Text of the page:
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If you want to play video games in this day and age there have never been more options. You can grab a smartphone or hop on a game streaming service and be playing in no time. However, for most people who play video games as a primary form of entertainment, there are two choices: PC vs console.

Consoles are purpose-built gaming machines that offer plug-and-play gaming with no need to mess about with game settings. They are also pretty affordable, or at least their initial price tag is. 

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PCs, on the other hand, offer complete hardware flexibility and, if you spend enough, the sort of gaming horsepower that no console can match. Except perhaps right as a new generation of consoles launches.

While the PC platform is, in general the home of premium video game performance, gamers often baulk at the perceived price of being a PC gamer. The question is whether that perception is accurate. The answer, as we’ll see, depends on how you look at things.

The Hardware Costs

There’s no two ways about it. The amount of money you have to hand over to take a console home is less than you’d pay for an equivalent or better gaming PC. As a console’s lifespan rolls along, that fact changes. Since the console hardware doesn’t change, new PC hardware becomes more powerful at a lower price. So eventually a similar asking price for the console will net you a PC with better specifications.

Why are consoles so much cheaper? There are a few reasons for this. Console makers get preferential hardware prices because they build millions and millions of consoles. Console makers also don’t need to make a profit on their consoles. Often they either break even or take a loss on each unit. 

This is acceptable because of something known as the “attach rate”. In the case of a console, this refers to the games, services and accessories users must buy to get any real use out of their machine. So even if the console hardware itself doesn’t make any money, there’s instant profit from the sale of the first game, accessory or subscription.

With PCs, every component has a profit margin. The individual manufacturers need to make a return on the hardware or there’d be no point. The end result of this is that, from a performance-per-dollar point of view, PCs are more expensive than consoles. However that’s not the whole story. It would be more accurate to say that PCs cost more upfront. But if we look at the cost over the lifespan of a typical console, that picture changes. 

The Software Costs

Because consoles are a closed platform, game developers need to pay for the privilege of releasing games on that system. This comes in the form of a fee attached to every copy sold. Rather than take a hit to their own profits, that cost is passed on to the console gamer. So you’ll find that, at launch, console games cost more than the same title on PC.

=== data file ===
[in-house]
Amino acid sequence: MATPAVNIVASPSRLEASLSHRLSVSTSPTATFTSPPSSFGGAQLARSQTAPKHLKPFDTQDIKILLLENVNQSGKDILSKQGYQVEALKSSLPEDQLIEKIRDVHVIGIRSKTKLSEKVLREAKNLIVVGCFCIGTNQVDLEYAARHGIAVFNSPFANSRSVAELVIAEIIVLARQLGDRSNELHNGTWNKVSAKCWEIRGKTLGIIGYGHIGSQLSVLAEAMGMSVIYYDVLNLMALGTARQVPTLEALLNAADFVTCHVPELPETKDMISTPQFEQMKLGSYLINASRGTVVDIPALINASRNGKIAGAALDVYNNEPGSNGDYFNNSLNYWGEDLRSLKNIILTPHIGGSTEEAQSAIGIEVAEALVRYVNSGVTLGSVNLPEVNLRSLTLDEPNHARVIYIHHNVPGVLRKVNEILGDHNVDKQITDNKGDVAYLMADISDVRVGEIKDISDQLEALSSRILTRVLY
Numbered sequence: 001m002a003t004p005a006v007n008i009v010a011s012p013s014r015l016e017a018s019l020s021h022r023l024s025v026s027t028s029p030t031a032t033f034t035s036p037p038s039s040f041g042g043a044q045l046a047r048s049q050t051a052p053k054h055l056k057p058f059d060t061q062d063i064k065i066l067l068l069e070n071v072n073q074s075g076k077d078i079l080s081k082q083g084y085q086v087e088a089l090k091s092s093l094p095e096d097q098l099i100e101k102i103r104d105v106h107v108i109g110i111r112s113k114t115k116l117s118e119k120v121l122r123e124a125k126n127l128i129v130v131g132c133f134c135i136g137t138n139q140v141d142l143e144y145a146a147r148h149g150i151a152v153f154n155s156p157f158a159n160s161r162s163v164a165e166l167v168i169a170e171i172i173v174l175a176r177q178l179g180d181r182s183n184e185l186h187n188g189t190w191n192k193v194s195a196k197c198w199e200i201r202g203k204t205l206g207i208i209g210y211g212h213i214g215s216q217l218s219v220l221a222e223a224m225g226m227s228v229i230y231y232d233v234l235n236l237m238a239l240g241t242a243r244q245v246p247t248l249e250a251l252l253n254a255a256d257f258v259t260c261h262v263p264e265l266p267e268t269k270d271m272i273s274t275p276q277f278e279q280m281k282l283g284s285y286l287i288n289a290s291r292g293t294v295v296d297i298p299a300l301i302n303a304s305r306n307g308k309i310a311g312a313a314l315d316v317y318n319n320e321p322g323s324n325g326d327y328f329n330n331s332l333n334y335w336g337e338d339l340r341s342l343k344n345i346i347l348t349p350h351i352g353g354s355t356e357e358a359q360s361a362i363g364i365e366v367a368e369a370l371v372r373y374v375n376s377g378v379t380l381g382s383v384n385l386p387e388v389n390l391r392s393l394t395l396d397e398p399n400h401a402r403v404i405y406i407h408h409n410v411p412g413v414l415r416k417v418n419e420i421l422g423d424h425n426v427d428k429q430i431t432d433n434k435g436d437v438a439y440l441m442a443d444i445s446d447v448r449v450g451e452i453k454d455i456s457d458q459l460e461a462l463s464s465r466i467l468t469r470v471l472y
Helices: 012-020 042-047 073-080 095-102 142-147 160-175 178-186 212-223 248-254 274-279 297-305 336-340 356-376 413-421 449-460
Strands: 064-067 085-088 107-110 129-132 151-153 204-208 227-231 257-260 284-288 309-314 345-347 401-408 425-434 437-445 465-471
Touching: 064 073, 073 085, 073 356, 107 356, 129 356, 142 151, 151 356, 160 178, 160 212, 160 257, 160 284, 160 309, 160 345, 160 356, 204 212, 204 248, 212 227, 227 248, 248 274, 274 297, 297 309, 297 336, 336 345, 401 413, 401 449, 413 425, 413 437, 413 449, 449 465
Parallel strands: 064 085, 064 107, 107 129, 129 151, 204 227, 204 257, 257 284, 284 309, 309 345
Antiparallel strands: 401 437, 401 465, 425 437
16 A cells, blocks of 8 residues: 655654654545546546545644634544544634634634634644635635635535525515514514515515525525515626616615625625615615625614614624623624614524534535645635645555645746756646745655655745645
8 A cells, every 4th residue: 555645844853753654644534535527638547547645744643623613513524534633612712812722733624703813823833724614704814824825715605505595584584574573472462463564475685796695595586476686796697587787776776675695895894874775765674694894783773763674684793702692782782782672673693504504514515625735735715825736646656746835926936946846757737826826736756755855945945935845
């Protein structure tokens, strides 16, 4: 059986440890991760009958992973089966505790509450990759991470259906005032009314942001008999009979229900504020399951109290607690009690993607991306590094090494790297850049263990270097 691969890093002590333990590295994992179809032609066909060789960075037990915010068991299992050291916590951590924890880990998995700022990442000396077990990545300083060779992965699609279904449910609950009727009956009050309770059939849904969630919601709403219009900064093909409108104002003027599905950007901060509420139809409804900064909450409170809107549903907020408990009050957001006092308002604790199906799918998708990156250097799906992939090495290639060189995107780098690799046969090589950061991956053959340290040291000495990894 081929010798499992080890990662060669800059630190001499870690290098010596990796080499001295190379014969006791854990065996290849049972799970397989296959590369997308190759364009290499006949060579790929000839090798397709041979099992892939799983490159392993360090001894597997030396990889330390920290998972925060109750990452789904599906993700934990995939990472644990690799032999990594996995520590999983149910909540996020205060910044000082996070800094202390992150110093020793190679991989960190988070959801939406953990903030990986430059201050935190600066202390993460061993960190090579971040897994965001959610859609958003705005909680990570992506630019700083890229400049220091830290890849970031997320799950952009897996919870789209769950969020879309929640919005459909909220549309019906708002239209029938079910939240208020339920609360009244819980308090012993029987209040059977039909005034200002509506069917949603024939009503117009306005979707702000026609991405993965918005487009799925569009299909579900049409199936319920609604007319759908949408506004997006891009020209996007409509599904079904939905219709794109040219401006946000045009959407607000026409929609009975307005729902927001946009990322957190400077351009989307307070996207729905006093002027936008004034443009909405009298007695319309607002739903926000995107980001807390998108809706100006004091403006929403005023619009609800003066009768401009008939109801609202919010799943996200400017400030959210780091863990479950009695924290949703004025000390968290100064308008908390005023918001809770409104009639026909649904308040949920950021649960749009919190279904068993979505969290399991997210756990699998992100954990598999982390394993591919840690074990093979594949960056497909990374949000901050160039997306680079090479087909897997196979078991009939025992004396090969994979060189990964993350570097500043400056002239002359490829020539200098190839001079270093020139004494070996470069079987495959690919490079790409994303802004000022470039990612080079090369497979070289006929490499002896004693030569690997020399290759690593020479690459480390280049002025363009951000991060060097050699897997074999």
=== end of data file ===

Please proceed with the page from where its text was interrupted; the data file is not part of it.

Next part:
That’s not all! Since several different distributors compete for PC game sales, you’ll hardly ever pay retail price for a PC game. Whether it’s a pre-order discount or price cuts mere months or even weeks after launch, there are always amazing deals to be had on PC games. Console games, in contrast, tend to hold their full price for much longer. They also don’t enjoy price cuts nearly as deep as those on PC when they do go on sale.

This is where the main equalizer in the price of gaming on PC vs console comes into play. However, this clearly depends heavily on how many games you buy. 

For argument’s sake, let’s say that a console game costs $10 more than the PC version on average. If you buy one game a month for five years, that would be $10 x 12 months x 5 years. Equalling $600.

If you had added that $600 to your initial console purchase and bought a $1000 PC instead, your total expenditure would have been the same. These days, a $1000 can buy a pretty decent gaming laptop or desktop. However that’s just one area of hidden cost that console gamers have to contend with.

Online Services Costs

Since the PC offers an open platform, players don’t have to pay for functions such as multiplayer to a third party.  On consoles, online multiplayer is usually reserved for a subscription service, which is in addition to any actual game subscriptions you might have to pay.

Nintendo, Sony and Microsoft have all sweetened the deal by adding discounts and “free” digital games into the mix. So whether that’s worth the cost will be up to individuals. However, the bottom line is that if you want to play online at all the fee isn’t optional.

So the value added aspects don’t carry that much weight. If you add the difference in monthly online multiplayer subscriptions to the average difference in game prices, it further equalizes the price difference between PC and console hardware over the console life cycle.

Upgrade Costs

Next, we need to factor in the cost of upgrading a PC. First of all, upgrades to PC over the course of it’s console equivalent generation is optional. At least when it comes to cross-platform games. 

A rather recent development with consoles is the mid-generation upgrade. Which gave us the PlayStation 4 Pro and Xbox One X. Neither of these were essential upgrades, but they did offer a fairly affordable bump to graphical power.